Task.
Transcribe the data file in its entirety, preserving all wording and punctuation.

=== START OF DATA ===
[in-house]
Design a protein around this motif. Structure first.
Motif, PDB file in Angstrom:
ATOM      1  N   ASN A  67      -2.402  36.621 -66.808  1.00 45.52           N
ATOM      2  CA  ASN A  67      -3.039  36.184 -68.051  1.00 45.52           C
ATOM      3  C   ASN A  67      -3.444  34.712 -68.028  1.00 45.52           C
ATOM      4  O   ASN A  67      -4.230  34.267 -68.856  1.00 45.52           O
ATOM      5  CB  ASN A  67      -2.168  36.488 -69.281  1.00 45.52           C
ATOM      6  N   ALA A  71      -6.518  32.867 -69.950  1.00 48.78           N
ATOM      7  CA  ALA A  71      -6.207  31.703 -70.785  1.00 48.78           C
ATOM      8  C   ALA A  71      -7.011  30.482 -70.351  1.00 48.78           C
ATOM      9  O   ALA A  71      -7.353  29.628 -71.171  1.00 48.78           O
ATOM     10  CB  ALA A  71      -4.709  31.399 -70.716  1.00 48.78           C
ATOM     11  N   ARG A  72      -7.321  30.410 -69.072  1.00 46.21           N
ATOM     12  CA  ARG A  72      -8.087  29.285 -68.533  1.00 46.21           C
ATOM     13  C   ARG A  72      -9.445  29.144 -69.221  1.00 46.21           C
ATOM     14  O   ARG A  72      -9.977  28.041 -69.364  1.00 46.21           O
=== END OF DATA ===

[in-house]
Design a protein around this motif. Structure first.
Motif, PDB file in Angstrom:
ATOM      1  N   ASN A  67      -2.402  36.621 -66.808  1.00 45.52           N
ATOM      2  CA  ASN A  67      -3.039  36.184 -68.051  1.00 45.52           C
ATOM      3  C   ASN A  67      -3.444  34.712 -68.028  1.00 45.52           C
ATOM      4  O   ASN A  67      -4.230  34.267 -68.856  1.00 45.52           O
ATOM      5  CB  ASN A  67      -2.168  36.488 -69.281  1.00 45.52           C
ATOM      6  N   ALA A  71      -6.518  32.867 -69.950  1.00 48.78           N
ATOM      7  CA  ALA A  71      -6.207  31.703 -70.785  1.00 48.78           C
ATOM      8  C   ALA A  71      -7.011  30.482 -70.351  1.00 48.78           C
ATOM      9  O   ALA A  71      -7.353  29.628 -71.171  1.00 48.78           O
ATOM     10  CB  ALA A  71      -4.709  31.399 -70.716  1.00 48.78           C
ATOM     11  N   ARG A  72      -7.321  30.410 -69.072  1.00 46.21           N
ATOM     12  CA  ARG A  72      -8.087  29.285 -68.533  1.00 46.21           C
ATOM     13  C   ARG A  72      -9.445  29.144 -69.221  1.00 46.21           C
ATOM     14  O   ARG A  72      -9.977  28.041 -69.364  1.00 46.21           O